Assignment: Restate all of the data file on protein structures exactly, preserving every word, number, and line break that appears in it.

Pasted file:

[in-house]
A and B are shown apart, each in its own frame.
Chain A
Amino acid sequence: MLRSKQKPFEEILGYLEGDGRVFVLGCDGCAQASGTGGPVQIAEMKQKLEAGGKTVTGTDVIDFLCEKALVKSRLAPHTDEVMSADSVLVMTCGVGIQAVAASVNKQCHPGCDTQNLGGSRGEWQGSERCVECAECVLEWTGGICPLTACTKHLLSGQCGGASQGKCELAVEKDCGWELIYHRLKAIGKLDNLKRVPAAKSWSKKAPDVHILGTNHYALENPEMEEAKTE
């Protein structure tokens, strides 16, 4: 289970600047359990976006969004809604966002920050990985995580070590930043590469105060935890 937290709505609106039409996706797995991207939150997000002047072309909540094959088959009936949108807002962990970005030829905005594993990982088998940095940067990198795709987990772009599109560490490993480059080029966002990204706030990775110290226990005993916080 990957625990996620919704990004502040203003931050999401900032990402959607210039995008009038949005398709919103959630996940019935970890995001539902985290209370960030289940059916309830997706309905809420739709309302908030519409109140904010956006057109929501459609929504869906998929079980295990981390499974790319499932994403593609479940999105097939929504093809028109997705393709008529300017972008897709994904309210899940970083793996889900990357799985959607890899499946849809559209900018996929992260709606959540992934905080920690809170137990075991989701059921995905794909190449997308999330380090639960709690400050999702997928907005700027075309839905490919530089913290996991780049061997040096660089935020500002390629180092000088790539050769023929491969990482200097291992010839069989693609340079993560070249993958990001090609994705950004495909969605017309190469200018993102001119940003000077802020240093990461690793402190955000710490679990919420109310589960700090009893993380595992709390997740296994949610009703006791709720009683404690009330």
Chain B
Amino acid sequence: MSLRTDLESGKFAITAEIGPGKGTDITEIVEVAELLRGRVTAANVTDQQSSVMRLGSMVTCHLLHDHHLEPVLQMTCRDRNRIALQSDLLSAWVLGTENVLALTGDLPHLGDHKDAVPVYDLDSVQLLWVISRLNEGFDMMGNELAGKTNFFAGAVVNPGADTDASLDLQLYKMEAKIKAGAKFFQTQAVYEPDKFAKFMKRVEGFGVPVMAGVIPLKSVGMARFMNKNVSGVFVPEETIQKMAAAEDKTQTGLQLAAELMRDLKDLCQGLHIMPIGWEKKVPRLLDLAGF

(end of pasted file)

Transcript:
[in-house]
A and B are shown apart, each in its own frame.
Chain A
Amino acid sequence: MLRSKQKPFEEILGYLEGDGRVFVLGCDGCAQASGTGGPVQIAEMKQKLEAGGKTVTGTDVIDFLCEKALVKSRLAPHTDEVMSADSVLVMTCGVGIQAVAASVNKQCHPGCDTQNLGGSRGEWQGSERCVECAECVLEWTGGICPLTACTKHLLSGQCGGASQGKCELAVEKDCGWELIYHRLKAIGKLDNLKRVPAAKSWSKKAPDVHILGTNHYALENPEMEEAKTE
């Protein structure tokens, strides 16, 4: 289970600047359990976006969004809604966002920050990985995580070590930043590469105060935890 937290709505609106039409996706797995991207939150997000002047072309909540094959088959009936949108807002962990970005030829905005594993990982088998940095940067990198795709987990772009599109560490490993480059080029966002990204706030990775110290226990005993916080 990957625990996620919704990004502040203003931050999401900032990402959607210039995008009038949005398709919103959630996940019935970890995001539902985290209370960030289940059916309830997706309905809420739709309302908030519409109140904010956006057109929501459609929504869906998929079980295990981390499974790319499932994403593609479940999105097939929504093809028109997705393709008529300017972008897709994904309210899940970083793996889900990357799985959607890899499946849809559209900018996929992260709606959540992934905080920690809170137990075991989701059921995905794909190449997308999330380090639960709690400050999702997928907005700027075309839905490919530089913290996991780049061997040096660089935020500002390629180092000088790539050769023929491969990482200097291992010839069989693609340079993560070249993958990001090609994705950004495909969605017309190469200018993102001119940003000077802020240093990461690793402190955000710490679990919420109310589960700090009893993380595992709390997740296994949610009703006791709720009683404690009330």
Chain B
Amino acid sequence: MSLRTDLESGKFAITAEIGPGKGTDITEIVEVAELLRGRVTAANVTDQQSSVMRLGSMVTCHLLHDHHLEPVLQMTCRDRNRIALQSDLLSAWVLGTENVLALTGDLPHLGDHKDAVPVYDLDSVQLLWVISRLNEGFDMMGNELAGKTNFFAGAVVNPGADTDASLDLQLYKMEAKIKAGAKFFQTQAVYEPDKFAKFMKRVEGFGVPVMAGVIPLKSVGMARFMNKNVSGVFVPEETIQKMAAAEDKTQTGLQLAAELMRDLKDLCQGLHIMPIGWEKKVPRLLDLAGF